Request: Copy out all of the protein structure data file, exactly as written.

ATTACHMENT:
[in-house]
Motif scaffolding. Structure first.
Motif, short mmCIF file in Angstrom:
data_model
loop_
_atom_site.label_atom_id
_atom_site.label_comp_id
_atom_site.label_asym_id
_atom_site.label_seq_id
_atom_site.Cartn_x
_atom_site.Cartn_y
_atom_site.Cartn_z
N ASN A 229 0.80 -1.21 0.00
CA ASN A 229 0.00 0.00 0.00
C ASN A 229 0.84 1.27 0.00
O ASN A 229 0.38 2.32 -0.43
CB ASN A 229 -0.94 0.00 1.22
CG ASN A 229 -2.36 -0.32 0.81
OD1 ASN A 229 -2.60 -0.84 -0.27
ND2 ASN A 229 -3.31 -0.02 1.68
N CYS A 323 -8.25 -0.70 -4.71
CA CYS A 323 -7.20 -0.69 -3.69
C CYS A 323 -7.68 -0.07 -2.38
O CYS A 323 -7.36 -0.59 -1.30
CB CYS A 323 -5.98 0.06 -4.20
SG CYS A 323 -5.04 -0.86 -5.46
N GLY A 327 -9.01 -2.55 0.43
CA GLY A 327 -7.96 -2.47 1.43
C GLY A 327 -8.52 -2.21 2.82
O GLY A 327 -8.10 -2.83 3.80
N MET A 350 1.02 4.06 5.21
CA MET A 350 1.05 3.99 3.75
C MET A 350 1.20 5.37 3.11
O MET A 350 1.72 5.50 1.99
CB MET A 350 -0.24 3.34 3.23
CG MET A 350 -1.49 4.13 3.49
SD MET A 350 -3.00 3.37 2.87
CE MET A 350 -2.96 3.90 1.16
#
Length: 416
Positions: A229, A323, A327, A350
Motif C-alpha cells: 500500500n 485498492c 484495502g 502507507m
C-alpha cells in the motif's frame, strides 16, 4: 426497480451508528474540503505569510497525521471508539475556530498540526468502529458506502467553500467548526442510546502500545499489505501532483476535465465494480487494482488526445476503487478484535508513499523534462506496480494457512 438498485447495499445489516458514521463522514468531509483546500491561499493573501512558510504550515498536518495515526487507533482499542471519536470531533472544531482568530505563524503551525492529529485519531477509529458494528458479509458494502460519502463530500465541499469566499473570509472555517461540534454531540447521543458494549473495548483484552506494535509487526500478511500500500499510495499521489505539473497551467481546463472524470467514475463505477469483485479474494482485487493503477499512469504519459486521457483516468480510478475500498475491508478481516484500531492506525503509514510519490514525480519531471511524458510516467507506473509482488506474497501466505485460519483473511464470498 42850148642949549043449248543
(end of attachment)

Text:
[in-house]
Motif scaffolding. Structure first.
Motif, short mmCIF file in Angstrom:
data_model
loop_
_atom_site.label_atom_id
_atom_site.label_comp_id
_atom_site.label_asym_id
_atom_site.label_seq_id
_atom_site.Cartn_x
_atom_site.Cartn_y
_atom_site.Cartn_z
N ASN A 229 0.80 -1.21 0.00
CA ASN A 229 0.00 0.00 0.00
C ASN A 229 0.84 1.27 0.00
O ASN A 229 0.38 2.32 -0.43
CB ASN A 229 -0.94 0.00 1.22
CG ASN A 229 -2.36 -0.32 0.81
OD1 ASN A 229 -2.60 -0.84 -0.27
ND2 ASN A 229 -3.31 -0.02 1.68
N CYS A 323 -8.25 -0.70 -4.71
CA CYS A 323 -7.20 -0.69 -3.69
C CYS A 323 -7.68 -0.07 -2.38
O CYS A 323 -7.36 -0.59 -1.30
CB CYS A 323 -5.98 0.06 -4.20
SG CYS A 323 -5.04 -0.86 -5.46
N GLY A 327 -9.01 -2.55 0.43
CA GLY A 327 -7.96 -2.47 1.43
C GLY A 327 -8.52 -2.21 2.82
O GLY A 327 -8.10 -2.83 3.80
N MET A 350 1.02 4.06 5.21
CA MET A 350 1.05 3.99 3.75
C MET A 350 1.20 5.37 3.11
O MET A 350 1.72 5.50 1.99
CB MET A 350 -0.24 3.34 3.23
CG MET A 350 -1.49 4.13 3.49
SD MET A 350 -3.00 3.37 2.87
CE MET A 350 -2.96 3.90 1.16
#
Length: 416
Positions: A229, A323, A327, A350
Motif C-alpha cells: 500500500n 485498492c 484495502g 502507507m
C-alpha cells in the motif's frame, strides 16, 4: 426497480451508528474540503505569510497525521471508539475556530498540526468502529458506502467553500467548526442510546502500545499489505501532483476535465465494480487494482488526445476503487478484535508513499523534462506496480494457512 438498485447495499445489516458514521463522514468531509483546500491561499493573501512558510504550515498536518495515526487507533482499542471519536470531533472544531482568530505563524503551525492529529485519531477509529458494528458479509458494502460519502463530500465541499469566499473570509472555517461540534454531540447521543458494549473495548483484552506494535509487526500478511500500500499510495499521489505539473497551467481546463472524470467514475463505477469483485479474494482485487493503477499512469504519459486521457483516468480510478475500498475491508478481516484500531492506525503509514510519490514525480519531471511524458510516467507506473509482488506474497501466505485460519483473511464470498 42850148642949549043449248543